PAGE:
Understanding Systematic Transfer Plans

by otopenews

How many of you are familiar with STPs?

I’m sure not many of you. Now with so many investment options available, people are confused in what to invest, where to invest and how to invest. Some people do not know what are the investment options available, and how to make the best use of them.

You may have different goals and dreams in life, but to fund those goals is a big task. It is always suggested that if you don’t know your way through the market, you seek help from an advisor. They will be able to guide you in the right path and help you build a bridge between your funds and goals.

What is STP

You must be aware of Systematic Investment Plan (SIP) which is one good option to invest in mutual funds. In SIP, a fixed amount is deducted from your savings account every month and directed towards the mutual fund you choose to invest in. Systematic Investment Plans are a disciplined way to start investing to create wealth for the longer period of term.SIPs bring about a good saving habit in one’s routine, which is necessary.

Read More :- Importance of Continuing SIPs Amid COVID-19

Another option is STP (Systematic Transfer Plans), this is good for those investors who do not want to take the risk of investing a lump sum amount in a particular fund at one go. Especially in the current scenario, where the market is volatile due to COVID-19 pandemic, it is suggested to not invest lump sum. So Systematic Transfer Plans comes to your rescue.


Under Systematic Transfer Plans, an investor can invest a lump sum amount in a fund and transfer regular amounts, which are predefined by the investor, to another fund, on a specified date. You can make these transfers on a monthly, quarterly or even weekly basis. This is a better option than directly investing the whole lumpsum amount in a risky fund.

There are 2 types of STPs:

Types of stp
  • Fixed STP: Over here, the amount that is to be transferred from one scheme to another is fixed. For example, Mr. A invested Rs. 100000/- in a fund ABC, and he has opted for a STP to fund XYZ, he wants Rs 5000/- to be transferred to fund XYZ on a monthly basis. Here we can see that Rs. 5000/- is the fixed amount that is to be transferred.
  • Capital appreciation STP: Under this, the amount that is to be transferred will depend on  the profit earned. This means that the investors want only the profit amount to be transferred to the other fund. Let us take the same above example to get a better idea, If after investing Rs. 1 lakh in fund ABC, he gains Rs. 6000/- (after a few months or a year) on it, the same amount of 6000 will be transferred to fund XYZ.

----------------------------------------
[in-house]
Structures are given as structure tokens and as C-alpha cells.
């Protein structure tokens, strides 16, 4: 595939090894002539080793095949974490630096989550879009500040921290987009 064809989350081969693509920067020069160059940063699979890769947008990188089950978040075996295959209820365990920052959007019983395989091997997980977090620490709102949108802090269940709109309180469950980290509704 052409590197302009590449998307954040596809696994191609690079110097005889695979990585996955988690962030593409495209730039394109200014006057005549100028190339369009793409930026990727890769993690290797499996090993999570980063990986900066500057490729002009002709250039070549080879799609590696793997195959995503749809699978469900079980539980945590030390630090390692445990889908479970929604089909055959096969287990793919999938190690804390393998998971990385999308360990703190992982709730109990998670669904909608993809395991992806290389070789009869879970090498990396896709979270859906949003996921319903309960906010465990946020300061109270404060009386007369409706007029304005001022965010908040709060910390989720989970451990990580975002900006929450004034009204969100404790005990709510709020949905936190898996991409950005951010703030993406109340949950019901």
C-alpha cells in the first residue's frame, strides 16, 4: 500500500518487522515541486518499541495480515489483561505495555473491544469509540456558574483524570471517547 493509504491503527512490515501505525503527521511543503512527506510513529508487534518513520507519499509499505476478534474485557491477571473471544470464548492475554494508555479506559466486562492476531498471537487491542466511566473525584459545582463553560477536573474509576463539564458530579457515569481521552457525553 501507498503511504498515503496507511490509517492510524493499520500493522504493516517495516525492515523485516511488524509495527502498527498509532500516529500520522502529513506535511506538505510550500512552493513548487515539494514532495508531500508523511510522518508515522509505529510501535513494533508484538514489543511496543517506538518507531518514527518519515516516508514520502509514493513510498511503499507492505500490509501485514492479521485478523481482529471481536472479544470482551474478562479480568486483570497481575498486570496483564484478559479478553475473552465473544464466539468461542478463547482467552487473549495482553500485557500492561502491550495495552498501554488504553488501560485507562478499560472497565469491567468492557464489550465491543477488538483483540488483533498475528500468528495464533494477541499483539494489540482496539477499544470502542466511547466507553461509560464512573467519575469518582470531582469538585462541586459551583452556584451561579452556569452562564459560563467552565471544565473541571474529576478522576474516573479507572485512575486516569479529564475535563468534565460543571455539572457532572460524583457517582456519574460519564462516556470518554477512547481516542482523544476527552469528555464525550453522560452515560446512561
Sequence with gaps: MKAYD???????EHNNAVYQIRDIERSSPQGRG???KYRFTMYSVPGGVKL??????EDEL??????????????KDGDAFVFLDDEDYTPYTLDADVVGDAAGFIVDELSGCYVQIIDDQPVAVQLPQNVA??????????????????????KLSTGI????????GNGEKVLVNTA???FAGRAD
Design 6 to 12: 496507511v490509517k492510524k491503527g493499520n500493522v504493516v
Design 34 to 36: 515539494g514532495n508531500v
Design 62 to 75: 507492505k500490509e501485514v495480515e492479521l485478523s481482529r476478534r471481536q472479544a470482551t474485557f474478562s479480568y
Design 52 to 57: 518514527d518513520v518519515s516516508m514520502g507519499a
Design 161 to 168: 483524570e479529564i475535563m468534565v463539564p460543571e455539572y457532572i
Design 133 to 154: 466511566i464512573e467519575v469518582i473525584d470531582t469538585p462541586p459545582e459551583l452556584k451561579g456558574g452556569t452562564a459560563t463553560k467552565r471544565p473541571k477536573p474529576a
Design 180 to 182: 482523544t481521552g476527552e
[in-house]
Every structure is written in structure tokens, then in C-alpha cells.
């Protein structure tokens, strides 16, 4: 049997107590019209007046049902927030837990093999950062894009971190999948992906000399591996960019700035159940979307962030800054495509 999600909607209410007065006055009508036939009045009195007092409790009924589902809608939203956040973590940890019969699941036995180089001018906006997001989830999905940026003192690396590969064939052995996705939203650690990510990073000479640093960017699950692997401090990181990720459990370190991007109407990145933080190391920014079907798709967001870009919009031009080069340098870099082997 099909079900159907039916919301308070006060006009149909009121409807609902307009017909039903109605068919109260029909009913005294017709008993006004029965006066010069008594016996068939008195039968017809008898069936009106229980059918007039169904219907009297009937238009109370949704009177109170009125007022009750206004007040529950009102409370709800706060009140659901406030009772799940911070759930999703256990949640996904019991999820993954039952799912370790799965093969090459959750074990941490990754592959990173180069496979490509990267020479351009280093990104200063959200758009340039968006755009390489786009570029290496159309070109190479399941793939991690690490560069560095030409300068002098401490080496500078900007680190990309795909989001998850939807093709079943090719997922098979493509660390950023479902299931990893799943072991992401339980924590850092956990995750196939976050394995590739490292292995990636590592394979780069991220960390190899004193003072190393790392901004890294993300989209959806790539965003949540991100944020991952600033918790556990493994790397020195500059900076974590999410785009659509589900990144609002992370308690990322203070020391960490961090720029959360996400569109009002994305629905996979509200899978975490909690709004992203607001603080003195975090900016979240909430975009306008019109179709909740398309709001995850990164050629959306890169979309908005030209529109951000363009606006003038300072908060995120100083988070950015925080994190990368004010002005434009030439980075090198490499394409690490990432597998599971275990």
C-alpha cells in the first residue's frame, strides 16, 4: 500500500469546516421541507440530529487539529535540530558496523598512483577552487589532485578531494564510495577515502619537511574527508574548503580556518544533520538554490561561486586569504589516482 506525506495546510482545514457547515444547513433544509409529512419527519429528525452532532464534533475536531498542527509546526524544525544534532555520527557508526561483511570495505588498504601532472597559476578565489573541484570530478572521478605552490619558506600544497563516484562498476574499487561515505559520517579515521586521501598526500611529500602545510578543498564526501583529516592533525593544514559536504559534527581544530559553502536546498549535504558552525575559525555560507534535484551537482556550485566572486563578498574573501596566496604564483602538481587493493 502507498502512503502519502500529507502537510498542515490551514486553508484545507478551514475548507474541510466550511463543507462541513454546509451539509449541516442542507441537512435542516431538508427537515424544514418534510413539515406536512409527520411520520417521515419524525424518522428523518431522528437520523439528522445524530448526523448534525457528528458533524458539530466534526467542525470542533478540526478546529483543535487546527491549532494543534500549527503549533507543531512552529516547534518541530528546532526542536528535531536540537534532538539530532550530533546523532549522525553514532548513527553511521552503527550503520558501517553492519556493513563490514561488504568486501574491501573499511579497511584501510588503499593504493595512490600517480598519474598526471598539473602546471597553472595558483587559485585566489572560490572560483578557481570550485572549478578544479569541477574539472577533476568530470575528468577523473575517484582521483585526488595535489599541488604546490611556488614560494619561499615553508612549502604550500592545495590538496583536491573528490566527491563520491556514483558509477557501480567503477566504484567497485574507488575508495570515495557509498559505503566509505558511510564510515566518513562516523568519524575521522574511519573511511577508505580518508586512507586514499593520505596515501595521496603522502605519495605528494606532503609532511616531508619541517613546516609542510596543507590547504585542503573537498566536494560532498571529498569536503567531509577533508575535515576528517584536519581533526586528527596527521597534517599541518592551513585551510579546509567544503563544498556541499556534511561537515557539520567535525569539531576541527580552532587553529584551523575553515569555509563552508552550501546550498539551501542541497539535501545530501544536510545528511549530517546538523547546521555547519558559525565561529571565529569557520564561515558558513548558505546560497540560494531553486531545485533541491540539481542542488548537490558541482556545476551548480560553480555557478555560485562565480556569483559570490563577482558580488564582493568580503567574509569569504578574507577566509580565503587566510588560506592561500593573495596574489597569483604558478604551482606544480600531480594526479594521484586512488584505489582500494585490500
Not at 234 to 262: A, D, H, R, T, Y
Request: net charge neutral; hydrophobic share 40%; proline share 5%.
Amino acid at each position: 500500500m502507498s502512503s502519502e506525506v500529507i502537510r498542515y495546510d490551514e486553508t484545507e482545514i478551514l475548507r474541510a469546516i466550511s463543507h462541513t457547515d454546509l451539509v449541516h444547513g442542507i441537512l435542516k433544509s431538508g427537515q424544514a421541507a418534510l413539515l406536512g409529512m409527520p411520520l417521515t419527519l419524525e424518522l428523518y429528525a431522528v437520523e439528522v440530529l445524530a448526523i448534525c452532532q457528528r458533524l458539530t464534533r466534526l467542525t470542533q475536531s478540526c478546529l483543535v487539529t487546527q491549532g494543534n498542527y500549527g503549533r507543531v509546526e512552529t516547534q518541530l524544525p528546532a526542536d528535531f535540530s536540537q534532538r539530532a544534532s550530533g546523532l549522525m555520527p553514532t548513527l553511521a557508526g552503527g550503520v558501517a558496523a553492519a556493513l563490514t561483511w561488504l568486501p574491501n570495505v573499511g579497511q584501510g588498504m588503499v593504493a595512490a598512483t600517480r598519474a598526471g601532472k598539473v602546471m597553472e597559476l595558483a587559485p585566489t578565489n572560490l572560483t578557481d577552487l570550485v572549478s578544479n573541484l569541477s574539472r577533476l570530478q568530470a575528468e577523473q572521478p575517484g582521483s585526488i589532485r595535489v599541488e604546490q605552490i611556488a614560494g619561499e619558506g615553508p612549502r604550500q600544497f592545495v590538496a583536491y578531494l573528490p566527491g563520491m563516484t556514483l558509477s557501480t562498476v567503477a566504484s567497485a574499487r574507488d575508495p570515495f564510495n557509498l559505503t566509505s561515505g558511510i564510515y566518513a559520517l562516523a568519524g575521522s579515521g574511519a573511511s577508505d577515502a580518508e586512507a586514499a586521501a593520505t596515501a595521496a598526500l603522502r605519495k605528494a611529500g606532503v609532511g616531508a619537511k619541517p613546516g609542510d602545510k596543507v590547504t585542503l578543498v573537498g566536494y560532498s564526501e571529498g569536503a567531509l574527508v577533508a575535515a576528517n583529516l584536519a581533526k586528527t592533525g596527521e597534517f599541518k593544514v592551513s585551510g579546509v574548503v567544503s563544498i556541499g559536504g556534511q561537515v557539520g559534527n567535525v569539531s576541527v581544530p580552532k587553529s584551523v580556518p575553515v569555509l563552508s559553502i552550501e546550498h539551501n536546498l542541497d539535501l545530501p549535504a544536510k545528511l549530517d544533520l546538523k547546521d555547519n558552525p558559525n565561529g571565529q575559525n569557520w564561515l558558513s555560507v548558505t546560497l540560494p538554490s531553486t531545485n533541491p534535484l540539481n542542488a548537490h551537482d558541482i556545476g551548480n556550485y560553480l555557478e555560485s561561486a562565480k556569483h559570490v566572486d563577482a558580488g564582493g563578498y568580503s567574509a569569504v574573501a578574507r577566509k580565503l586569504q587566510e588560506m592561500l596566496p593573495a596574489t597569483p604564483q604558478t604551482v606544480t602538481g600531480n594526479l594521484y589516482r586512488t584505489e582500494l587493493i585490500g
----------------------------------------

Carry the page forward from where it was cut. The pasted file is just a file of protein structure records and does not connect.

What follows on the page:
Now lets see how STP is relevant to you.

If an investor, who has a lump sum amount to invest, doesn’t want direct exposure in the equity market, can invest his lumpsum amount in a debt fund and through STP, transfer the amount he wishes to in the equity fund.

He can make the transfers monthly, quarterly or even weekly, as he wishes. However, one must keep in mind that, whenever an amount is transferred from one fund to the other, the units of that fund, from which money is going out, becomes less and units of the fund where the money is transferred increases.

Lets say, if the funds are being transferred from debt to equity, then the units in the debt fund will reduce and the units in the equity fund will increase.

Read More :- Understanding SIP, SWP and STP


STPs from debt to equities are more effective, when markets are volatile, and an investor does not want to take a risk. STPs are a better option than one time investments, in cases when the market is down which we are experiencing right now because of global pandemic. However, if we look at it the other way round, then one time investments would be a better option, if the markets are moving upwards. Having said all this, it is very difficult to predict the market scenario for a retail investor. So it is better for them to invest through STPs and get better risk adjusted returns, over a period of time.

STPs help investors reduce their risk, if the regular transfers are maintained. Just like how the concept of Rupee Cost Averaging works for a SIP, it can be applicable to a STP also. People usually think that when the market is down, they should redeem their money, before they make a bigger loss. However, people investing through SIPs, can avail this benefit.

Let us continue with earlier example to understand above point:

Mr. A invested Rs. 100000/- in a fund ABC, and he has opted for a STP to fund XYZ, he wants Rs 5000/- to be transferred to fund XYZ on a monthly basis. Now let us say in the 1st month, the NAV of fund XYZ was Rs. 10/-. So the no. units added will be 500 (5000/10). After a few months, if the NAV drops to Rs. 8/-,  625 (5000/8) more units will be added to the XYZ fund compared to 500 earlier.

In this example, you can see how an investor can take the advantage of the market when it drops. This example is taken also with a few months gap. Now, imagine if an investor keeps his money for years, how much will he gain.

STP is a tool to reduce risk, like SIP. The transfers should be made in a disciplined manner to avail this benefit. Well now you’ve understood all you need to know about STPs, so you can start planning for your investments, and make use of the funds you have in a proper and ‘Systematic’ way even during the current volatile market owing to COVID-19.

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